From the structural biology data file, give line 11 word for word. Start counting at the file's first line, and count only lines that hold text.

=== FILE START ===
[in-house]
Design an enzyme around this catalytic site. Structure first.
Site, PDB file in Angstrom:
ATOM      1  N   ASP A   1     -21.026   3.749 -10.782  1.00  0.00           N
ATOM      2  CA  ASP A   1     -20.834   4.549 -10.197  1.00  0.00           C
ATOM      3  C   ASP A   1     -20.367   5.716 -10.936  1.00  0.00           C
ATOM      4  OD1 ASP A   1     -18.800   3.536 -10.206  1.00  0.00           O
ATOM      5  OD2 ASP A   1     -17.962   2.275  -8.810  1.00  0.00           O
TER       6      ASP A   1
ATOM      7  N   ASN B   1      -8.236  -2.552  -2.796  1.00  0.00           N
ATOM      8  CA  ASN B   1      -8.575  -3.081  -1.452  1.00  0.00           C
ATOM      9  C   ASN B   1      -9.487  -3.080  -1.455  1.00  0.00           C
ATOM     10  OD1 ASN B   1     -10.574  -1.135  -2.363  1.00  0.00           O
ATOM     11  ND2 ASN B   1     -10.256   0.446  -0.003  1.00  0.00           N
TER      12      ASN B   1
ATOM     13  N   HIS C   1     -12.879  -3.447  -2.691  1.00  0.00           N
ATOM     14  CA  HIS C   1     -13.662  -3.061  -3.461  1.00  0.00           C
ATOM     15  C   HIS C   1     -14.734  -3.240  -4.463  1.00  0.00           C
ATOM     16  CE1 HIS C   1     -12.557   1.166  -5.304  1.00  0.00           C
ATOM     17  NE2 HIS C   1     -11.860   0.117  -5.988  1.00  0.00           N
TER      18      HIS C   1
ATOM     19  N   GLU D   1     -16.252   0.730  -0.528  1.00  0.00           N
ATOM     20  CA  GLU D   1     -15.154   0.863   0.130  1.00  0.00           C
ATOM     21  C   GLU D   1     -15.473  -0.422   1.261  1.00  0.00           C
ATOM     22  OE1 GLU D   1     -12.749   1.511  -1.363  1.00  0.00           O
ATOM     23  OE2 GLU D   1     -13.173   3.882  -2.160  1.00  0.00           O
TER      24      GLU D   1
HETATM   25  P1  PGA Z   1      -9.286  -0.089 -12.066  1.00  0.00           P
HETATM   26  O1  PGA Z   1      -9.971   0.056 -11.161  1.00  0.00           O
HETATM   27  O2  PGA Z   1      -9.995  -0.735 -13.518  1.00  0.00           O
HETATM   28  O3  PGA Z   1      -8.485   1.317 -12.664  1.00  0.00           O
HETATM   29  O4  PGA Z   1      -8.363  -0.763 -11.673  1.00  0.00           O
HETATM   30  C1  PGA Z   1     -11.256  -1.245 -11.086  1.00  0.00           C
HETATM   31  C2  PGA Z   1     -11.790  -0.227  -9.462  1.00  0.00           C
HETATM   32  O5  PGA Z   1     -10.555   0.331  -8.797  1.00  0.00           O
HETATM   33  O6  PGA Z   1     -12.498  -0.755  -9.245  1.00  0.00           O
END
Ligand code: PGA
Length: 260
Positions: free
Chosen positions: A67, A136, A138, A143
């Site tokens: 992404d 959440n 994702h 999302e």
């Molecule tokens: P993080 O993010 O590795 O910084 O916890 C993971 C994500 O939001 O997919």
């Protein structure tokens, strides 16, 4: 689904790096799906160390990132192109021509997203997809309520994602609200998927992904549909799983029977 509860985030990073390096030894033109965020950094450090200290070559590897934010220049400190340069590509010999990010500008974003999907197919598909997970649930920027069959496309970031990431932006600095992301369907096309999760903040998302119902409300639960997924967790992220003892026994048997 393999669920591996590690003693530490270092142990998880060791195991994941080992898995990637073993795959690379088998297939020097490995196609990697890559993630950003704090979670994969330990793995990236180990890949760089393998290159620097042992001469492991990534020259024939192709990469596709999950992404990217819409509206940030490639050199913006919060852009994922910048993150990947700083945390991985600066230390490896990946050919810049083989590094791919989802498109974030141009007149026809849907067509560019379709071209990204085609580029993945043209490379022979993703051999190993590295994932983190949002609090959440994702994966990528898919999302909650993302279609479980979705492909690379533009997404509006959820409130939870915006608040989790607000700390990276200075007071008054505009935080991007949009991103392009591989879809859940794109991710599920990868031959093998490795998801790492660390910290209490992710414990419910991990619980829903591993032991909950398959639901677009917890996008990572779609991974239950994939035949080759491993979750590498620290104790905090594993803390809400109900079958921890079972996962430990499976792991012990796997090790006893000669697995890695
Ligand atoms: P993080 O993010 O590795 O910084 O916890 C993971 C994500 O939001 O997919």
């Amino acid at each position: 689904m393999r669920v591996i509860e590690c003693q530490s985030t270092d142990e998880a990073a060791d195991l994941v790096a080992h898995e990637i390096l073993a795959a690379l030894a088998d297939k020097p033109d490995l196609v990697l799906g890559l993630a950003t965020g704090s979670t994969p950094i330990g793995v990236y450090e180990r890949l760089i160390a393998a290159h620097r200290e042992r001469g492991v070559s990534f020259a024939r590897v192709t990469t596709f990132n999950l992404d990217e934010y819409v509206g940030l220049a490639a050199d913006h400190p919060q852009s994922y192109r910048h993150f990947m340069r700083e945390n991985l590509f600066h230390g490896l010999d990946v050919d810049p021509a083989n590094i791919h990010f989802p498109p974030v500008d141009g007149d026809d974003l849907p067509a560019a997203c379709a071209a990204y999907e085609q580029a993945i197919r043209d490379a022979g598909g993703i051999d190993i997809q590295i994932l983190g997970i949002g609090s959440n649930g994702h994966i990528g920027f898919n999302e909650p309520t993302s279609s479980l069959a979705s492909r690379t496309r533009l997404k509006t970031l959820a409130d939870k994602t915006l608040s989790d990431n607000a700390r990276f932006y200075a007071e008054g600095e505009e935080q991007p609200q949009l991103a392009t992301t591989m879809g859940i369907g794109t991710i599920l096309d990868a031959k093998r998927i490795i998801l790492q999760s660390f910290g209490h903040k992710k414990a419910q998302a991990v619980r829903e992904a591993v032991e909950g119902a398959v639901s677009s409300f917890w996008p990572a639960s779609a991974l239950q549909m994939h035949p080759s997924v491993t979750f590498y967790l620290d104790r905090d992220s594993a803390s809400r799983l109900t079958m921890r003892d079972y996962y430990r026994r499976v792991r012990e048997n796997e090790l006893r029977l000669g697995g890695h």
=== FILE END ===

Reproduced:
ATOM      8  CA  ASN B   1      -8.575  -3.081  -1.452  1.00  0.00           C